A lesson in this regard may be learned from Canada, which uses a standing professional body within its Department of Foreign Affairs and International Trade to evaluate and defend (or settle) NAFTA and other investor-State claims, rather than relying ad hoc for evaluation on officials more closely affiliated with the ministries or agencies whose underlying conduct is at issue in individual disputes. A recommendation of settlement by apolitical authorities charged with making professional evaluations in the broader interest of a State may be easier to achieve — and easier for politicians ultimately to accept — than expecting the very officials whose conduct has been questioned to admit that their actions have created potential vulnerabilities for the State that may be in its interest to resolve voluntarily, without long drawn-out arbitration proceedings.
Conclusion. Investor-State arbitration has developed and matured significantly in the past few decades, and has established itself as an independent mechanism for resolution of complex public-private disputes. At the same time, the system necessarily has challenges and limitations, particularly as it evolves more and more to resemble all-out litigation. While not begrudging in any way the advantages of arbitration for disputes that simply cannot be resolved by other means, the time may be right to revisit the possibilities of investor-State mediation in appropriate cases, as either an alternative or a precursor to eventual arbitration. One way to move forward in this area would be for neutral observers to begin to collect examples of “best practices” that have facilitated settlement even after commencement of arbitration, from which providers of mediation services can learn. It would be interesting, too, to open more dialogues with States that have faced multiple investor-State arbitration claims, to explore whether there are innovations that might make the idea of using mediation more palatable to them in future.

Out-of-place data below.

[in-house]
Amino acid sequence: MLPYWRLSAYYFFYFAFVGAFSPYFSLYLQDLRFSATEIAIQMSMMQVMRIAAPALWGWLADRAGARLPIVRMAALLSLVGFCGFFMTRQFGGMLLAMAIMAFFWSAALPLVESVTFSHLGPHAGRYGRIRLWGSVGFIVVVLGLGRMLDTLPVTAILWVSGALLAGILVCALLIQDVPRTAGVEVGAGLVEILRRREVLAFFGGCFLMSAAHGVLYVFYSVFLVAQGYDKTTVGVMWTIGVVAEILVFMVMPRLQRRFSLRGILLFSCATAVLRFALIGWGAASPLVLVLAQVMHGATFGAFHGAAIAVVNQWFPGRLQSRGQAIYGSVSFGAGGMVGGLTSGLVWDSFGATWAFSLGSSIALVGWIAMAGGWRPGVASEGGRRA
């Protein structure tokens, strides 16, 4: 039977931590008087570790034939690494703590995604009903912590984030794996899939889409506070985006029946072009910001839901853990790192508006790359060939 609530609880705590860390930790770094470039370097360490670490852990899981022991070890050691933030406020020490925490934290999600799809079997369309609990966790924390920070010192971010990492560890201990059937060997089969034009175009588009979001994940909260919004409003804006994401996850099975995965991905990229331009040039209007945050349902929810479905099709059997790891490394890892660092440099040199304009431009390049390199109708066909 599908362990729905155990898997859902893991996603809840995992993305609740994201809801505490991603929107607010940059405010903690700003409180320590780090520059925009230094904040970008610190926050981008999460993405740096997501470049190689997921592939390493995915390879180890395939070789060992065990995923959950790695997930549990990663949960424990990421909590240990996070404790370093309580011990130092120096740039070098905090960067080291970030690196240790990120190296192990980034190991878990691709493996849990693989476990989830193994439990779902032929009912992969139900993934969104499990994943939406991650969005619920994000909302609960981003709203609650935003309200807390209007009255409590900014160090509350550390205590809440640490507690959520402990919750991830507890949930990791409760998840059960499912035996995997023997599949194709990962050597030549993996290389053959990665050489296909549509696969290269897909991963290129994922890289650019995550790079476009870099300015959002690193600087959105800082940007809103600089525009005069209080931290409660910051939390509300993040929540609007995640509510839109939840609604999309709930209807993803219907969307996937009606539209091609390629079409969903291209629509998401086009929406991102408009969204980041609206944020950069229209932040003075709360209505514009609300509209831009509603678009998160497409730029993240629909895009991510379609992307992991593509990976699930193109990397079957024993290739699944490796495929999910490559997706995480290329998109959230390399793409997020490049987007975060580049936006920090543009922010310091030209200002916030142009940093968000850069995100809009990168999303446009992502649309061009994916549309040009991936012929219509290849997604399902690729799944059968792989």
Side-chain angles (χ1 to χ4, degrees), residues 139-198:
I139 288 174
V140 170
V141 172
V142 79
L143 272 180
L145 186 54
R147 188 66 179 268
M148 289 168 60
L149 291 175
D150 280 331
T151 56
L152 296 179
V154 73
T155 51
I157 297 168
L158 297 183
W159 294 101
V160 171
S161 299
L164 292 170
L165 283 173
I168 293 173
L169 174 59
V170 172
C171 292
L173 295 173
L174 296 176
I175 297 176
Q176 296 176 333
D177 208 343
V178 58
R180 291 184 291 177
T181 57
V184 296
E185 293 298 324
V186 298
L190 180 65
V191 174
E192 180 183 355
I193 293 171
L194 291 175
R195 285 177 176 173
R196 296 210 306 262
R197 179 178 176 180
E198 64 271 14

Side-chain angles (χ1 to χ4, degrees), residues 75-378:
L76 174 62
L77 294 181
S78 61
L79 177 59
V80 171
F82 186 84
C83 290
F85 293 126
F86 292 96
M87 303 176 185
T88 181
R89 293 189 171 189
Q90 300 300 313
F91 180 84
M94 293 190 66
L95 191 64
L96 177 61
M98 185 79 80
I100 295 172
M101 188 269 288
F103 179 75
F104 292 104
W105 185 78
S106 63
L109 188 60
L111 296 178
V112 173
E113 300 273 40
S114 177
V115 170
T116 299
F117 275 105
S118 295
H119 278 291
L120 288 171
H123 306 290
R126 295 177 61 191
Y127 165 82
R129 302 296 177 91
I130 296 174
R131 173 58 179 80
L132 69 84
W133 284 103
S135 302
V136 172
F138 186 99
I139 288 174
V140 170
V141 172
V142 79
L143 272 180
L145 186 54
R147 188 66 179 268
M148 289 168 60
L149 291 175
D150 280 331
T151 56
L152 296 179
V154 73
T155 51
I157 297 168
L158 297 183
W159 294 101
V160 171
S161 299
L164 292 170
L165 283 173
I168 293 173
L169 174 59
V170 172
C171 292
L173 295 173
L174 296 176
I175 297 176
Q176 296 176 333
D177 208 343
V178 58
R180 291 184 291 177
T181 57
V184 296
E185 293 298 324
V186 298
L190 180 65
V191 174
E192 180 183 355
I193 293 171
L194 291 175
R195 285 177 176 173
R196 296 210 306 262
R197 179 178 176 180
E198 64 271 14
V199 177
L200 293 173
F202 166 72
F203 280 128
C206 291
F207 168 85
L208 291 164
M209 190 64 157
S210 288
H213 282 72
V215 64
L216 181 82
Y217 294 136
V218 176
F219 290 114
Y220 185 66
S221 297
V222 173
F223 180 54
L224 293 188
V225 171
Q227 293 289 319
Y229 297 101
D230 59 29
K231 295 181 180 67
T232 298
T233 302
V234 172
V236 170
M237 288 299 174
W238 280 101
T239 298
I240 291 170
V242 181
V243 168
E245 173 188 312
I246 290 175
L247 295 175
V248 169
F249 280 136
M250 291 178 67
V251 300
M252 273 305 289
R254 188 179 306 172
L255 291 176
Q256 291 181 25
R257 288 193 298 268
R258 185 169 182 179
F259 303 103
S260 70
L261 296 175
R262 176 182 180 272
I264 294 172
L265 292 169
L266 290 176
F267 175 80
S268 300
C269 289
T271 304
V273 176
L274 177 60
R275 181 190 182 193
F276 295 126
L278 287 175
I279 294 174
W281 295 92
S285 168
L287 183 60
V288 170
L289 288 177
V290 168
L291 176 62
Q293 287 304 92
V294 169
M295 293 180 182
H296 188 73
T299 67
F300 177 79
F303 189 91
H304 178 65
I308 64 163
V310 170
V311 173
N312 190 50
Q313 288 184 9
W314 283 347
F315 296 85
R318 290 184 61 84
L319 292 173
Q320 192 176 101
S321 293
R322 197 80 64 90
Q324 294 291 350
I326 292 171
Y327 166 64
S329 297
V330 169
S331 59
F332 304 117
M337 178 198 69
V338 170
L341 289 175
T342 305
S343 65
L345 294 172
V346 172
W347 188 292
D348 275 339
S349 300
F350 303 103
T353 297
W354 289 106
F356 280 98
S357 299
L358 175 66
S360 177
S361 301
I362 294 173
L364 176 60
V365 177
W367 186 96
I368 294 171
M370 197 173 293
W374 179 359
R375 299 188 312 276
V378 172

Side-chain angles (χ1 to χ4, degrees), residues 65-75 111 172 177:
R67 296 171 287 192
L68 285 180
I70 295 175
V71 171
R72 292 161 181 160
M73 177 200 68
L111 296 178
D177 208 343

By Jean E. Kalicki and Jean C. Choi*
*Jean Kalicki is a Partner at Arnold & Porter LLP and Adjunct Professor of Law at Georgetown University Law Center; Jean Choi is an associate at Arnold & Porter LLP.